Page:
reaching a reported 678,000 children—or 0.9 percent of all children determined
to be victims in 2018. In that year, about 85 percent of victims suffered a single
type of maltreatment: 61 percent were neglected only, 11 percent suffered physi-
cal abuse only, and 7 percent suffered sexual abuse only. The other 15 percent of
victims suffered two or more types of maltreatment (HHS 2020). Moreover, that
the child welfare system is not more than moderately successful is suggested by
annual data on the number of children in foster care. Although the number of
children in foster care declined from around 493,000 to 441,100 between 2007
and 2017, the number increased every year between 2012 and 2017, rising from
about 397,300 to 441,100. The number fell for the first time in 6 years in 2018,
but by fewer than 4,000 children. The total cost of conducting the federal-state
system involving all child welfare activities was around $30 billion nationwide,
with states contributing somewhat more than half the funds and the federal gov-
ernment somewhat less than half (Rosinsky and Williams 2018).

Federal Child Welfare Program Funding by Fiscal Year (FY)
FY 2013 FY 2014 FY 2015 FY 2016 FY 2017
Title IV-E of the Social Security Act
Title IV-B of the Social Security Act
Other programs
SOURCE: CRS (2018).
NOTE: Data in millions of real 2017 dollars.
Overview of Spending by Child Welfare Programs
Although there are a host of minor programs that contribute to this total of $30
billion, the child welfare system features six major sources of funding and a sev-
enth program (the Family First Prevention Services Act) that is just getting
started. I begin with an overview of these programs and the spending on each.
The largest programs include Title IV-E and Title IV-B of the Social Security Act,
the Child Abuse Prevention and Treatment Act (CAPTA) state grants, the
Temporary Assistance for Needy Families (TANF) program, the Social Services
Block Grant (SSBG), and Medicaid. Table 1 provides an overview of federal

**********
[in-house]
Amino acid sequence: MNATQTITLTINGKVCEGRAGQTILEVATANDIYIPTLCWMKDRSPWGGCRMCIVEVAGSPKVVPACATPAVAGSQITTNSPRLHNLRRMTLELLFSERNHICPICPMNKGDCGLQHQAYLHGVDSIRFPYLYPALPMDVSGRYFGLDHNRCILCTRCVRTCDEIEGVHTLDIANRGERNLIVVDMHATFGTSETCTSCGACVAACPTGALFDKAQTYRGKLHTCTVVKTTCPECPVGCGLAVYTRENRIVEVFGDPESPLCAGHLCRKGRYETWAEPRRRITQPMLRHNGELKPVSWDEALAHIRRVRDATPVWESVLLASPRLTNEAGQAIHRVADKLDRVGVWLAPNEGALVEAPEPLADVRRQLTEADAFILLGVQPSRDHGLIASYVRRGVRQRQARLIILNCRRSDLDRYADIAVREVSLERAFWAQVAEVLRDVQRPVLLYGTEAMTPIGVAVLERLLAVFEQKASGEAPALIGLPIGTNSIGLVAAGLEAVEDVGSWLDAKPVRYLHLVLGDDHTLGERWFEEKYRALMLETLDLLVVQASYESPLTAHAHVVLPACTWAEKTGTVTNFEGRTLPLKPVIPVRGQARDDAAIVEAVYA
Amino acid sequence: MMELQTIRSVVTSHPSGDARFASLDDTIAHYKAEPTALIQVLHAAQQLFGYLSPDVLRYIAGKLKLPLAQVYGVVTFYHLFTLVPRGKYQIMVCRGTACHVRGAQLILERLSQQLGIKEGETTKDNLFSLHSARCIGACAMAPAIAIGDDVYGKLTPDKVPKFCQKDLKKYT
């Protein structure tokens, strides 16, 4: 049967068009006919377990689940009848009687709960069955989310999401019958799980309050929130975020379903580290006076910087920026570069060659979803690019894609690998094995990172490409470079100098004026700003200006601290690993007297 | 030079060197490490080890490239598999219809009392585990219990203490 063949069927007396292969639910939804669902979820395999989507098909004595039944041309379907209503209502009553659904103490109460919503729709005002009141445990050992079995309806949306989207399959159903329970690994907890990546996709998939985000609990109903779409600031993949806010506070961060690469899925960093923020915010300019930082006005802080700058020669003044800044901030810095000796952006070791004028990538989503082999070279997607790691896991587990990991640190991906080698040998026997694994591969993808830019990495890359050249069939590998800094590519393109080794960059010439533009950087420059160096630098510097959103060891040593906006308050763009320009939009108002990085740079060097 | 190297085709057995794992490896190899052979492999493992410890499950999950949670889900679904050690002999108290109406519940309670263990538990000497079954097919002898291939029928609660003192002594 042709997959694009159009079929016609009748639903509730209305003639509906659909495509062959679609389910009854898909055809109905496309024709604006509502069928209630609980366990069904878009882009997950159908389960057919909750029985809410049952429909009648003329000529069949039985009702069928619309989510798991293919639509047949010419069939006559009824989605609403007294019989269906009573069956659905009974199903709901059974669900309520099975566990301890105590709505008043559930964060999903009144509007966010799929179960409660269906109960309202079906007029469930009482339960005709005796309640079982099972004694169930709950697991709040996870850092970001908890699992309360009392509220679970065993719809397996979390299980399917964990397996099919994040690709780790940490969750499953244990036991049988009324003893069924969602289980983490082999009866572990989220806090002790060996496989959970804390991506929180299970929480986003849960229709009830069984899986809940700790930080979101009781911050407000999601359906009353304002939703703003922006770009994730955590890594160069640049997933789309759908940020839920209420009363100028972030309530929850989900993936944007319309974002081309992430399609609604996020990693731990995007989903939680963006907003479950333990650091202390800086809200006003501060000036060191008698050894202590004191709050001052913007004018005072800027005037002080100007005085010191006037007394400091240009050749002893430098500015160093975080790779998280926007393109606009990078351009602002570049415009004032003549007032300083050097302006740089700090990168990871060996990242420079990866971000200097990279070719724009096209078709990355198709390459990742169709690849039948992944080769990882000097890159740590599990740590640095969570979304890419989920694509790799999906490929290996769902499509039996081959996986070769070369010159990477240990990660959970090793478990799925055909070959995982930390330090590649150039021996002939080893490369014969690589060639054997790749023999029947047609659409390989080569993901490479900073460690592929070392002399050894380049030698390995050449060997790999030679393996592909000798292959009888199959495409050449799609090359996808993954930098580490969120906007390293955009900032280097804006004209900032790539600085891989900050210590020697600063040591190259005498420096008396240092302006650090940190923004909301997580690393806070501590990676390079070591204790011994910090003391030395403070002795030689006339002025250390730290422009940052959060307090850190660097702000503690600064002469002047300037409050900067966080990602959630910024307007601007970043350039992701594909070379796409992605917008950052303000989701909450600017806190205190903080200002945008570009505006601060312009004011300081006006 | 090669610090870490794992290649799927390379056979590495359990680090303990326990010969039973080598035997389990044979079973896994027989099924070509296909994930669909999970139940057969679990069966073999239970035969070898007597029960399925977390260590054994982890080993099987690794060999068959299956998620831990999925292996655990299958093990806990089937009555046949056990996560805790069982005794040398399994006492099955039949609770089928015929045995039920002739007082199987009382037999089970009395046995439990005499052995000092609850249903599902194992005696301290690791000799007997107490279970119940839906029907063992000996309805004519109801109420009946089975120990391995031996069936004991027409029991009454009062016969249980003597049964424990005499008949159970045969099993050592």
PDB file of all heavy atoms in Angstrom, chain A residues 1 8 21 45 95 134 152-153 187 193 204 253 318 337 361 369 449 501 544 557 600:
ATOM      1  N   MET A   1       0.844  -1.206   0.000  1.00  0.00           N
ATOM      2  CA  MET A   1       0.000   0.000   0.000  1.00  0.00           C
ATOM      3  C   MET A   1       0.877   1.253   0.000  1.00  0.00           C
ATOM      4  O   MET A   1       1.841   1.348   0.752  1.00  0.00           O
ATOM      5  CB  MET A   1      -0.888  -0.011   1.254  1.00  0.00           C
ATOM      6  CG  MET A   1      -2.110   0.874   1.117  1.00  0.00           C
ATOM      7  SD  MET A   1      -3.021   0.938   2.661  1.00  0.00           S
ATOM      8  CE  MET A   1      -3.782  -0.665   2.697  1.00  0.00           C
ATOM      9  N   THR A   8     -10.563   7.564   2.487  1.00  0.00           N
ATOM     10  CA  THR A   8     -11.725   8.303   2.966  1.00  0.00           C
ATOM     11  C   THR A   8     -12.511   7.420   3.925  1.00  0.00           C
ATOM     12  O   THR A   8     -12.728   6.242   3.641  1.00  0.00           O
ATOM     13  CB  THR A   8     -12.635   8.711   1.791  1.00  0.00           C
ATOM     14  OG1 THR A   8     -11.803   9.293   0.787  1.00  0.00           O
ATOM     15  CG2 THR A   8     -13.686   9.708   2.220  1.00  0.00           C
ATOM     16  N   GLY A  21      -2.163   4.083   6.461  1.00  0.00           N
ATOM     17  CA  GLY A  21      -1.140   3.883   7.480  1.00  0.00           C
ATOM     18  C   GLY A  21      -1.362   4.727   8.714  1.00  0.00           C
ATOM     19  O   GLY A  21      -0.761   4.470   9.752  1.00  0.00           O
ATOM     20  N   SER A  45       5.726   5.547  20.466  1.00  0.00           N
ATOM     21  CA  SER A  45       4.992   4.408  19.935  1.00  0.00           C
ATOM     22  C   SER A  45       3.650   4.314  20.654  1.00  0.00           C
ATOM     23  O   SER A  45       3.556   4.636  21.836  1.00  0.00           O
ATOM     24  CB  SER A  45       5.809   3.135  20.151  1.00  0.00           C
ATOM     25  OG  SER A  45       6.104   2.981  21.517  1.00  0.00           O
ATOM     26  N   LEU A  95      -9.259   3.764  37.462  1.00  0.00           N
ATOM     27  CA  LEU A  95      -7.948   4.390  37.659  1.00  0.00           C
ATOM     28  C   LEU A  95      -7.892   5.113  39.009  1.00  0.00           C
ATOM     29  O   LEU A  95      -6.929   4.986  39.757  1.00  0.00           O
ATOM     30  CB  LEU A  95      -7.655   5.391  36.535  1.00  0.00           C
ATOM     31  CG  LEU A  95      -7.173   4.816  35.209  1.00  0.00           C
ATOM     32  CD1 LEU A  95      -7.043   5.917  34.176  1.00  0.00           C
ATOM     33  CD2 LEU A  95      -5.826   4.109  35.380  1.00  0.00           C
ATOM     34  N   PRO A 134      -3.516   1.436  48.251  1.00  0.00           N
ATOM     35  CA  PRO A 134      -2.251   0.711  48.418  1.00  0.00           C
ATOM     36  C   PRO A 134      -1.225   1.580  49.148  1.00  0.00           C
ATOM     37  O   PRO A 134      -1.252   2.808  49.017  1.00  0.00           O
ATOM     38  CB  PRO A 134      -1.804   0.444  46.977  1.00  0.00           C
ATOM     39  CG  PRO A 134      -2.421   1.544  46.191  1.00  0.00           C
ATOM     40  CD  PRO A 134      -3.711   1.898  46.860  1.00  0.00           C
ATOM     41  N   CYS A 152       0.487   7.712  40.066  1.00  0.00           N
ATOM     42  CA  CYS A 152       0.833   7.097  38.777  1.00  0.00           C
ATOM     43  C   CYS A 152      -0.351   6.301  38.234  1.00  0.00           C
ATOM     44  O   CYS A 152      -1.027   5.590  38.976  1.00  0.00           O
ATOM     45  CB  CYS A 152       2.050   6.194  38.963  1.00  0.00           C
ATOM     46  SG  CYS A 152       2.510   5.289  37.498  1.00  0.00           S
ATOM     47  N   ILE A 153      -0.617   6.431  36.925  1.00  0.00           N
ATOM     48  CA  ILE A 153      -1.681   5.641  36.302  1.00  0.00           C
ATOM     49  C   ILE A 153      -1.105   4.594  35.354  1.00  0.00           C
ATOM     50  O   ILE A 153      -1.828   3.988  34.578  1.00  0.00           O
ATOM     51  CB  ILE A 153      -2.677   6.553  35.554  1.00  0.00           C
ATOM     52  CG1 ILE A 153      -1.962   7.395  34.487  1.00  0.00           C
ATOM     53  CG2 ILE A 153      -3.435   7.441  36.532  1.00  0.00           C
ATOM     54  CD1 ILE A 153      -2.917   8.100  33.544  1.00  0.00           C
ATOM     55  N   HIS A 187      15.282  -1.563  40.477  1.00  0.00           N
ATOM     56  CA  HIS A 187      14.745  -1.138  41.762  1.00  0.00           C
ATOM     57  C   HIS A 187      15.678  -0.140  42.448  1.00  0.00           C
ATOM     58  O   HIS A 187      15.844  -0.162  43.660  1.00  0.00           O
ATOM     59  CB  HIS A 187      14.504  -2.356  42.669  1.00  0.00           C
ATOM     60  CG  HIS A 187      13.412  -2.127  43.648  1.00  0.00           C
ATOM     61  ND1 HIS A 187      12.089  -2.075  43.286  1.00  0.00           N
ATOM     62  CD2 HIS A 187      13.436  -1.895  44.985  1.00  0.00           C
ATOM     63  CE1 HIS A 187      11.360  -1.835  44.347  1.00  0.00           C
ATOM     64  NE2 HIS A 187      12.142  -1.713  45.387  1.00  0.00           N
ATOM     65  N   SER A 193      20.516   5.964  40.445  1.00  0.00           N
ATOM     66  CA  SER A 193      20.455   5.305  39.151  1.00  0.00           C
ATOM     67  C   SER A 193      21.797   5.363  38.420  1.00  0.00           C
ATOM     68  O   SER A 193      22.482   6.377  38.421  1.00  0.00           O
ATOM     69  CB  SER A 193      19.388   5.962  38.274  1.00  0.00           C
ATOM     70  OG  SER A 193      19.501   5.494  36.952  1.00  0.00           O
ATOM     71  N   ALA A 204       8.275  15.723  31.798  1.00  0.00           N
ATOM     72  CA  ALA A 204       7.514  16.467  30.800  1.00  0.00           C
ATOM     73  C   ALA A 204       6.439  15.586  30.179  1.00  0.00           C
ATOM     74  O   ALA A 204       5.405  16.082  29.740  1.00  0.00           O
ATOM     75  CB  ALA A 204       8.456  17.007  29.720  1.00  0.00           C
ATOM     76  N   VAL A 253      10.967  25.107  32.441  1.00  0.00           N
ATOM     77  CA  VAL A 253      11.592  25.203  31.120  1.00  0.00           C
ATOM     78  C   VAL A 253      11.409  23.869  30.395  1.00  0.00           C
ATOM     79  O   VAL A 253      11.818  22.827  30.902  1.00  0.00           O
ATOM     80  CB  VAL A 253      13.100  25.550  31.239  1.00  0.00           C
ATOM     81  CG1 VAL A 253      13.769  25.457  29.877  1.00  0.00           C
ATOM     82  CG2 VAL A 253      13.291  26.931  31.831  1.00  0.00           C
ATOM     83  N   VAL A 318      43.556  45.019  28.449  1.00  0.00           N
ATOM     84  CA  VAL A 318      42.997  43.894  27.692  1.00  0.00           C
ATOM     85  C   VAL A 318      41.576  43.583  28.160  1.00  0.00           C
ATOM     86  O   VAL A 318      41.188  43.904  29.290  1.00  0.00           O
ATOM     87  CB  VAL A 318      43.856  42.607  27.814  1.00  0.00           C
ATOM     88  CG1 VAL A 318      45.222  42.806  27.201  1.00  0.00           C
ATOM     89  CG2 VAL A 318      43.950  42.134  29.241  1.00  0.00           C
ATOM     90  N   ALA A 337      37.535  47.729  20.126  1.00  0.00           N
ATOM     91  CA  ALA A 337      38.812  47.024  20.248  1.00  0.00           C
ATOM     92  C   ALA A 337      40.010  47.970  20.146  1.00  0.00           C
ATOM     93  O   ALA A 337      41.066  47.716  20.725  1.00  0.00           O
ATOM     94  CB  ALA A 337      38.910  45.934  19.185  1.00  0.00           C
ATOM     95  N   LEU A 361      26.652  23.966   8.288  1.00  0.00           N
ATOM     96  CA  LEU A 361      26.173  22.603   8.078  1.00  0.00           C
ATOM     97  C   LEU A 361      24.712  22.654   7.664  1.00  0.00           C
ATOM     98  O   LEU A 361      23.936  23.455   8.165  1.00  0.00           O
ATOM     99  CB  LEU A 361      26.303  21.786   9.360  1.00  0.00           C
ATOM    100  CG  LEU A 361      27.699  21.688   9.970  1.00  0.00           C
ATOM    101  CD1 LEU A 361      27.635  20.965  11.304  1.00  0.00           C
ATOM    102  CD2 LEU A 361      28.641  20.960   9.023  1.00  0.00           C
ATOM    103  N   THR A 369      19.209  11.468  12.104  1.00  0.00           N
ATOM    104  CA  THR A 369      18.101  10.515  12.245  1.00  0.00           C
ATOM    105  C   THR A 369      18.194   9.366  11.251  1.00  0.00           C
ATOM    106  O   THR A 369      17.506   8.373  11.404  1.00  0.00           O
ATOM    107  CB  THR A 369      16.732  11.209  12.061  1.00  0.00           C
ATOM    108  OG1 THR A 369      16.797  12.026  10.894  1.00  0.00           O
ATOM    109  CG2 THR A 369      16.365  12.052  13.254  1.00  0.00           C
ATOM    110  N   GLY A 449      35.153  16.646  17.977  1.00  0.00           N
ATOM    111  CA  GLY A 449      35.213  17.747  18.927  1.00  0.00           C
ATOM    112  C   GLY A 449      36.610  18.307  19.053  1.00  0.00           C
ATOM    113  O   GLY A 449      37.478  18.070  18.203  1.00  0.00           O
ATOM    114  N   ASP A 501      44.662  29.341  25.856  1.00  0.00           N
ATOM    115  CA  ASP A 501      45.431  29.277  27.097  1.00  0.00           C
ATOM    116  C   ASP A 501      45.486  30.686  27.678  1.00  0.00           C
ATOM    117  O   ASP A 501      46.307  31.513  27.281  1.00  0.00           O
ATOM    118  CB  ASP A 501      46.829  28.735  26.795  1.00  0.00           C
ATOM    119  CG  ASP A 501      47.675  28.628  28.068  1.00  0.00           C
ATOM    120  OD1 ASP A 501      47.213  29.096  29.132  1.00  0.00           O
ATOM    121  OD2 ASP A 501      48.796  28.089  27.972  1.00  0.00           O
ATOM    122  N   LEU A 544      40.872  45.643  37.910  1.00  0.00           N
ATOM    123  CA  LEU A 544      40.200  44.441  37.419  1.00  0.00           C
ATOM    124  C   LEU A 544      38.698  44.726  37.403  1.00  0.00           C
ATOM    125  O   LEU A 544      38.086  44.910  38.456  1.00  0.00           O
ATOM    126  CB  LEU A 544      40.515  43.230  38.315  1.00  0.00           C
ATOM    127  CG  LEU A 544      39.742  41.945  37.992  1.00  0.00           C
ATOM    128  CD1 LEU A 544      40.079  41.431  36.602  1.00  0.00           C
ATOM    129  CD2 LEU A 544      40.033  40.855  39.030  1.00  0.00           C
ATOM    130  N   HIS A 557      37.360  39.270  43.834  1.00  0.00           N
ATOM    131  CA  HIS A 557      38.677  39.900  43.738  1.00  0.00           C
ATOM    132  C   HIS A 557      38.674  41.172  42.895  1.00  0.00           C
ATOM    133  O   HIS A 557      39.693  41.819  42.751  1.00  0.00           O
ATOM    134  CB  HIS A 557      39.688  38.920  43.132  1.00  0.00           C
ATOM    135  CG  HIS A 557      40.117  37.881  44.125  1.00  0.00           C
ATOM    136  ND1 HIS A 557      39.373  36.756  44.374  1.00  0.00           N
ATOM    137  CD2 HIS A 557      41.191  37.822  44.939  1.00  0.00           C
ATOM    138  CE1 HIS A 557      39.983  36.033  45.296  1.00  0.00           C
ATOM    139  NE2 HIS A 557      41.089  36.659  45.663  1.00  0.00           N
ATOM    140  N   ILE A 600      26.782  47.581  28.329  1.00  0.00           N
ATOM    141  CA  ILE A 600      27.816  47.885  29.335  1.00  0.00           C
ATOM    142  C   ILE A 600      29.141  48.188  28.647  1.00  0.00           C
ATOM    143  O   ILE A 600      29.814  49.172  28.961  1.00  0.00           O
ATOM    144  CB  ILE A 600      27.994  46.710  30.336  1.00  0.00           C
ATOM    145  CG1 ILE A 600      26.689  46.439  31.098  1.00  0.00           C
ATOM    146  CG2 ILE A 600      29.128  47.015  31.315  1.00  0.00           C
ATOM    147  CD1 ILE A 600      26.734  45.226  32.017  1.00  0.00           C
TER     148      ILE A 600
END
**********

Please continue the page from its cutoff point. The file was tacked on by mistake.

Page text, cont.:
funding for these programs. A review of each of these programs provides a broad
understanding of the financing of the child welfare system.
An important distinction is in order at the beginning of our inquiry. The pro-
grams reviewed in this section fall naturally into two groups: one group of pro-
grams is designed and funded exclusively to serve children and families involved
with the child welfare system, and the other group serves children who qualify
for services for reasons other than abuse or neglect. The former group of pro-
grams includes Title IV-B, Title IV-E (and associated programs), and CAPTA; the
latter includes TANF, the SSBG, and Medicaid.
Title IV-E of the Social Security Act
Title IV-E is the biggest of the child welfare programs, both in terms of spend-
ing and the number of children and families receiving support. In 2017, the
program, which primarily pays for out-of-home care, including both foster care
and adoption, received about $8 billion from the federal government. Of this
amount, $7.8 billion was for adoption, foster care, and guardianship payments to
caretakers; $183 million was for payments in the Chafee Foster Care program for
older youth, in large part to help them make the transition to adulthood; and $38
million was for adoption payments and legal guardianship incentive payments.
The major share of this money is spent on monthly maintenance payments for
the care and supervision of eligible children who have been removed from their

homes, most of which goes to foster care or adoptive parents. The rest is spent
on administrative costs, training of staff and foster parents and other providers,
recruitment of foster and adoptive parents, and operation of an automated child
welfare information system (called the Statewide Automated Child Welfare
Information System or SACWIS),1 which the federal government pays for if the
states wish to use the system for improved case management and data tracking.
To make these payments, IV-E is an open-ended entitlement program, meaning
that states can qualify for open-ended federal funding as long as they meet all the
program requirements and meet state matching payments.
The federal requirements for IV-E reimbursement are extensive. The most
restrictive one is that the family must be considered “needy.” The definition of
poor or needy used in the program is eligibility for the now defunct Aid to
Families with Dependent Children’s (AFDC) program. Because that program
was terminated by legislation in 1996, the poverty income required for...